As a child, I would often hear my father say: “There’s more than one way to skin a cat.” The most pressing thing on my mind at the time was: Why would one want to skin a cat at all?
I still haven’t answered that question. However, I do know there’s more than one way to get something done. And I have been trying a good number of approaches as I work on the masks for the Mayaproject: different styles, different materials, different processes.
There’s also more than one way to feel successful. I think some of the success of a mask is measured by its accessibility. It is a really satisfying feeling when a person can pick up a mask I’ve made and instantly feel that they know what they will do with it. There is a feeling that the mask is strongly and clearly communicating its nature to the performer.
I’m not trying to say that masks can’t or shouldn’t be mysterious. Many a mask can take some work to get to know and to perform well. However, when there is a sense of recognition in the actor’s eyes because they can intuit the nature of the character, or see the possibilities in the mask, I feel I’ve done a good job.
Materials, working conditions, and needs of the performance are often in flux, so I find that adaptability is key. I have my preferred methods of creation when on my home turf, but while in India there are a number of differences. For example, used cardboard boxes, brown bags, and newspaper are not easy obtainium in Mumbai as they are in the US. Here they are commodities that can be purchased if you know where to look. The challenge can then become to use what you have in front of you to get the work done.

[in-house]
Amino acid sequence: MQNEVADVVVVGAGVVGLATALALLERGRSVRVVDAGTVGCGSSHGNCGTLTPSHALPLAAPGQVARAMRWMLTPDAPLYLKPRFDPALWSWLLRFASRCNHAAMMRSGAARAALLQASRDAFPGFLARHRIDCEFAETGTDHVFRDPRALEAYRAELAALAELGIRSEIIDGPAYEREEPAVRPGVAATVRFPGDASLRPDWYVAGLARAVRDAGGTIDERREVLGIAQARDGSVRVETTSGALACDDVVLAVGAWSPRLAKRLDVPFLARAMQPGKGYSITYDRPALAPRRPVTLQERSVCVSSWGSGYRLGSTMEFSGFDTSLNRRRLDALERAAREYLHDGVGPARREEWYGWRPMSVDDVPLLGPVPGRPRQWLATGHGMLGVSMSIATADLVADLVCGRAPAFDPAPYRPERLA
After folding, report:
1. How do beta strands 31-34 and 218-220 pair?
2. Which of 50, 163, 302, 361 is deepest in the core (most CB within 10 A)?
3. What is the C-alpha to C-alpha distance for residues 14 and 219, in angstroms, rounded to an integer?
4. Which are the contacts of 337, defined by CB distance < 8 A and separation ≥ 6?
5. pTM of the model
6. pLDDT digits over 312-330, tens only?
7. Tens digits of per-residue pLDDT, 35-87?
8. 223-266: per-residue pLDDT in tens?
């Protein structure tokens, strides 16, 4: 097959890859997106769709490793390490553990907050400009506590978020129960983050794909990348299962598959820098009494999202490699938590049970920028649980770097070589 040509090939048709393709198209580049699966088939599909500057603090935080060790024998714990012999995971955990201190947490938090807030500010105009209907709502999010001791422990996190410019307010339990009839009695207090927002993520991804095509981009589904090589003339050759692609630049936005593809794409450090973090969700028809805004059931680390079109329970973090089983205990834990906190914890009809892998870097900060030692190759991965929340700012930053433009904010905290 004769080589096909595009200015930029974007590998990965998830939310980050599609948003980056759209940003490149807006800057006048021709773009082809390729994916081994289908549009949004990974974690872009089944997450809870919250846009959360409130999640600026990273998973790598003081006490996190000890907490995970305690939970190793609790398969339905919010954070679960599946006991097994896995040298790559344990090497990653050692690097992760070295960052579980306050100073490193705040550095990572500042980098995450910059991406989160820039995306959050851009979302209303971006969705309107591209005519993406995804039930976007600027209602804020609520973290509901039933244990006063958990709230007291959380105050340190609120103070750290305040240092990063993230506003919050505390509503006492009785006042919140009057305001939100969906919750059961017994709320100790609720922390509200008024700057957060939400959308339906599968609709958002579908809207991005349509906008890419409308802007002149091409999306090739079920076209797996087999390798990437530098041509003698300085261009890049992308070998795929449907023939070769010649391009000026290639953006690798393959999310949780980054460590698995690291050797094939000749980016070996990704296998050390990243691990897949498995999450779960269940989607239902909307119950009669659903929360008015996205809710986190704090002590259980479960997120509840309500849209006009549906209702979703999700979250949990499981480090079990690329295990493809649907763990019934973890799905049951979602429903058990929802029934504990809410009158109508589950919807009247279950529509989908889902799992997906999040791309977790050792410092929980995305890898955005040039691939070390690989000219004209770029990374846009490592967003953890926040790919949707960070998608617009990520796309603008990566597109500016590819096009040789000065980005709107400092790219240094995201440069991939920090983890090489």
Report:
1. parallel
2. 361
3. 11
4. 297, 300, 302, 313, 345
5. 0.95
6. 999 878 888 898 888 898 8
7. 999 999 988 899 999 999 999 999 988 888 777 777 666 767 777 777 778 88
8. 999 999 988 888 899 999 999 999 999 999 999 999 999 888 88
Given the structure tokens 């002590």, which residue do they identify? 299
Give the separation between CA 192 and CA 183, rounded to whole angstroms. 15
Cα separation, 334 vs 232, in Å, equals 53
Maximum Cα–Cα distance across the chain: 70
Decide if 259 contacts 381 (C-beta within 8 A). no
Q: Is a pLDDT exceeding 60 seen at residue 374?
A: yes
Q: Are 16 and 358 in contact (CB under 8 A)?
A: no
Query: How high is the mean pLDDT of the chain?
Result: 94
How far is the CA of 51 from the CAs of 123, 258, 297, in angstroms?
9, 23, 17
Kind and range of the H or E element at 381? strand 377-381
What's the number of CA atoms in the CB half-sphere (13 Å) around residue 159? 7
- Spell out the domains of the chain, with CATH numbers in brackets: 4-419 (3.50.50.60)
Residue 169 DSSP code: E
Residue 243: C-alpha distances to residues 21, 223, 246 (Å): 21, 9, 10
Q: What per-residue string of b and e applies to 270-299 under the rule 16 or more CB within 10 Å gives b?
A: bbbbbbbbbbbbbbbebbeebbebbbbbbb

Furthermore when working on a project as large as Maya, often previously approved ideas need to change slightly to serve the show. Sometimes the choreography, blocking, and the style of mask just don’t synch up and to be successful we find how we might change.In some cases, the choreography can be altered with minimal fussiness. In the case of our peacock character, Prasad was so amazing and alive in physical characterization that it was better to change the position of the mask to match what he was proposing.
Five Sprites, Please
Just a few days before all the basic structures and paint jobs were due, I was asked to make the antlers of the deer masks removable. This would permit easier shipping from venue to venue on the tour. I decided to use old bottles and their lids as the mechanism for this request. A 600 ml Sprite bottle had the perfect neck, but also a very short lid to which I could attach the wire and foam antlers. But it would have to do. I went out into the madness of the Dadar market to purchase five Sprites, trying to decide whether I would drink any or just pour it out. It was a hot day. But I couldn’t find a single one. Then I found a plastics shop (owned by Shahish, incidentally. See parrot pic) that carried long neck bottles with tall lids. Success!